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Predictors of Pegylated Interferon Alpha and Ribavirin Efficacy and Long-Term Assessment of Relapse in Patients With Chronic Hepatitis C: A One-Center Experience From China

AUTHORS

Qin Wu 1 , Feng Yu Zhan 2 , En Qiang Chen 1 , Cong Wang 2 , Zhen Zhen Li 2 , Xue Zhong Lei 1 , *

AUTHORS INFORMATION

1 Infectious Diseases Center, West China Hospital, Sichuan University, Chengdu, China

2 West China School of Medicine, West China Hospital, Sichuan University, Chengdu, China

How to Cite: Wu Q, Zhan F Y, Chen E Q, Wang C, Li Z Z, et al. Predictors of Pegylated Interferon Alpha and Ribavirin Efficacy and Long-Term Assessment of Relapse in Patients With Chronic Hepatitis C: A One-Center Experience From China, Hepat Mon. 2015 ; 15(6):e28836. doi: 10.5812/hepatmon.15(6)2015.28836.

ARTICLE INFORMATION

Hepatitis Monthly: 15 (6); e28836
Published Online: June 23, 2015
Article Type: Research Article
Received: March 23, 2015
Revised: April 18, 2015
Accepted: May 10, 2015
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Abstract

Background: Sustained virological response (SVR) and virological relapse maintain pivotal roles in the management of chronic hepatitis C (CHC); however, there is little data regarding the long-term outcomes of patients with CHC in China.

Objectives: We aimed to investigate the predictive factors of therapeutic effect and viral relapse in patients who achieved end-of-treatment response (ETR).

Patients and Methods: We retrospectively analyzed clinical, biochemical and virological data of 169 adult patients with CHC from China who were not treated with pegylated interferon-alpha (PEG IFN-α) and ribavirin, of which 142 achieved ETR and with a follow-up period ranging from six months to six years. Statistical analysis was performed by SPSS 20.0.

Results: Of the 169 patients, 124 (73.4%) achieved SVR and 23 (16.2%) experienced relapses post-therapy in cases of ETR patients. We considered sex, age, alanine aminotransferase, aspartate transaminase, baseline hepatitis C virus RNA level, HCV genotypes, IL28B rs12979860 genotype, rapid virological response (RVR), and early virological response (EVR). For antiviral effect in patients with CHC, HCV genotypes (2, 3) (χ2 = 11.285, P = 0.001), IL28B genotype (rs12979860 CC) (χ2 = 16.552, P < 0.001), RVR (χ2 = 37.339, P < 0.001), and EVR (χ2 = 70.265, P < 0.001) were significantly correlated with achieving SVR. For ETR patients with long-term follow-up, the relapse rate within six months was significantly higher than within other periods during six-year follow-up (χ2 = 7.792, P = 0.005). Relapse was virtually not observed after therapy ceased for 48 weeks. The IL28B genotype (rs12979860 CT/TT) (OR = 0.102; 95% CI, 0.031-0.339; P < 0.001), lower RVR (OR = 0.239; 95% CI, 0.078-0.738; P = 0.013), and EVR (OR = 0.102; 95% CI, 0.016-0.661; P = 0.017) were independent risk factors for relapse.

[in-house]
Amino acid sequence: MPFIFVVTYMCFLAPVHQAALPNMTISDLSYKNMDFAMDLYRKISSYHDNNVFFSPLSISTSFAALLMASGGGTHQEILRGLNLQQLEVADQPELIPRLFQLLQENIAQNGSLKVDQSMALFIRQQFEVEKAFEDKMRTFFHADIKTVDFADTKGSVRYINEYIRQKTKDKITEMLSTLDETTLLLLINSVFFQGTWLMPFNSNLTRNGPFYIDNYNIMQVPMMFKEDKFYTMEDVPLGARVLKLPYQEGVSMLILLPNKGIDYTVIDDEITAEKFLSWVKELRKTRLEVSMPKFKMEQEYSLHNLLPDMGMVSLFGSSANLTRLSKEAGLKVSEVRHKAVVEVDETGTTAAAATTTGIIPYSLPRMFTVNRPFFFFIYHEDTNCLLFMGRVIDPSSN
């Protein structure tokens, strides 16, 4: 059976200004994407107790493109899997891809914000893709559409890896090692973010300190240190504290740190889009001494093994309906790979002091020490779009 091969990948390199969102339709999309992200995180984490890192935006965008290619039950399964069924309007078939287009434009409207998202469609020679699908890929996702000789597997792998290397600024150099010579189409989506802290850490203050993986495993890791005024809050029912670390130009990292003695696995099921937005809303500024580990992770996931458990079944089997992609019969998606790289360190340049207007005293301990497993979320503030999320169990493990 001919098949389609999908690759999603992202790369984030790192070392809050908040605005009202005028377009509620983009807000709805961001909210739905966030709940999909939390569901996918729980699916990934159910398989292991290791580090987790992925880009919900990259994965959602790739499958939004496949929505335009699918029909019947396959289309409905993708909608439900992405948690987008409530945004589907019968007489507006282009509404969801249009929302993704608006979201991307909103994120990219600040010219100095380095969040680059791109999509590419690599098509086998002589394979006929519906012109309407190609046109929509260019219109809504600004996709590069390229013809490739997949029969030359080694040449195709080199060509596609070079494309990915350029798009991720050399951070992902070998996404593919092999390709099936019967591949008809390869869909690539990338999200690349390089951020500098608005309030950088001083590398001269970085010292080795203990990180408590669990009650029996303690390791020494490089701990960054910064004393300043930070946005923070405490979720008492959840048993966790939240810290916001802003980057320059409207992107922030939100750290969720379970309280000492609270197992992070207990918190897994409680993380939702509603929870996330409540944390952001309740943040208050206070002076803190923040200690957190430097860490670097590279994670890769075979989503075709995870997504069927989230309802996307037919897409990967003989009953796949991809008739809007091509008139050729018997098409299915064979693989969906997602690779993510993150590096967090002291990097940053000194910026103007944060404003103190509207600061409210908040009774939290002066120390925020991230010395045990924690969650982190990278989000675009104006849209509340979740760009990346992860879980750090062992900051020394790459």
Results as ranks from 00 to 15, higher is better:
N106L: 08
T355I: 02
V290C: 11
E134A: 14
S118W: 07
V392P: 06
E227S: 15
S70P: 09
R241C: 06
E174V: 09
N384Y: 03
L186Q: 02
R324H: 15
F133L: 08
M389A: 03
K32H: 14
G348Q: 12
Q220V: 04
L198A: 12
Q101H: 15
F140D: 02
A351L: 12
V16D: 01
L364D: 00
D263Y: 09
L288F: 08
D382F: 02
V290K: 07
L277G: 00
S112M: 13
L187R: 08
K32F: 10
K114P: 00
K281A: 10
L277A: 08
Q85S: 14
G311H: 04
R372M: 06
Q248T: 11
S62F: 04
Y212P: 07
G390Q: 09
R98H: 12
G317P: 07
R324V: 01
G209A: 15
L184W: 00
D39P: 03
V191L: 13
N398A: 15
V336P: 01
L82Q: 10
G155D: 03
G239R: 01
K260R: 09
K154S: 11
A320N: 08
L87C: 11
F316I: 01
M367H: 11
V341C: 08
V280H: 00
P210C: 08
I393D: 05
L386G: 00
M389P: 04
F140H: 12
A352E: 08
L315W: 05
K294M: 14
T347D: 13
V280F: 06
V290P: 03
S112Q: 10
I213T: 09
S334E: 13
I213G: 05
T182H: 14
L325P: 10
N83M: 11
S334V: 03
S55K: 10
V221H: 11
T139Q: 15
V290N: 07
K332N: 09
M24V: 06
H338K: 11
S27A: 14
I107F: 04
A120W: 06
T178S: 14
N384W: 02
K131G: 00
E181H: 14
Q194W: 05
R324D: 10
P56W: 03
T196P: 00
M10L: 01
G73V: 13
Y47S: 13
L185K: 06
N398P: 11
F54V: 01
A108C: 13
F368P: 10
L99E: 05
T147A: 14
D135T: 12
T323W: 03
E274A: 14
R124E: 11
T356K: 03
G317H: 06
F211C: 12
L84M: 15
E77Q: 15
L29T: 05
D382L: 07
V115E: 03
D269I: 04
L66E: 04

Conclusions: Our study comprehensively explored the predictive factors of therapeutic effect of administered drugs and analyzed viral relapse during a six-months to six-year follow-up period from China. The SVR may not be the perfect endpoint of HCV therapy in Chinese people; we recommend 48 weeks after treatment withdrawal as the suitable time point.

Keywords

Hepatitis C, Chronic Follow-Up Studies Recurrence Interferon

Copyright © 2015, Kowsar Corp. This is an open-access article distributed under the terms of the Creative Commons Attribution-NonCommercial 4.0 International License (http://creativecommons.org/licenses/by-nc/4.0/) which permits copy and redistribute the material just in noncommercial usages, provided the original work is properly cited.

1. Background

Infection with hepatitis C virus (HCV) is a grave public health problem and medical issue in the world. For years, the combination of pegylated interferon-alpha (PEG IFN-α) and ribavirin was the standard of care (SoC) for chronic hepatitis C (CHC) (1, 2). It is used to eradicate the infection, improve liver histology, and reduce risk of cirrhosis and hepatocellular carcinoma (3). This treatment regimen underwent a major change after the approval of direct antiviral agents (DAAs). DAAs inhibit specific steps in the HCV life cycle. Although triple therapy with DAAs increases sustained virological response (SVR) rate with decreased duration of therapy (4, 5), it brings significant adverse effects and increases the rate of becoming resistance variation. Furthermore, DAAs are expensive and are not yet available in many countries (6). The dual therapy as the classical approach is still the first line of treatment in China.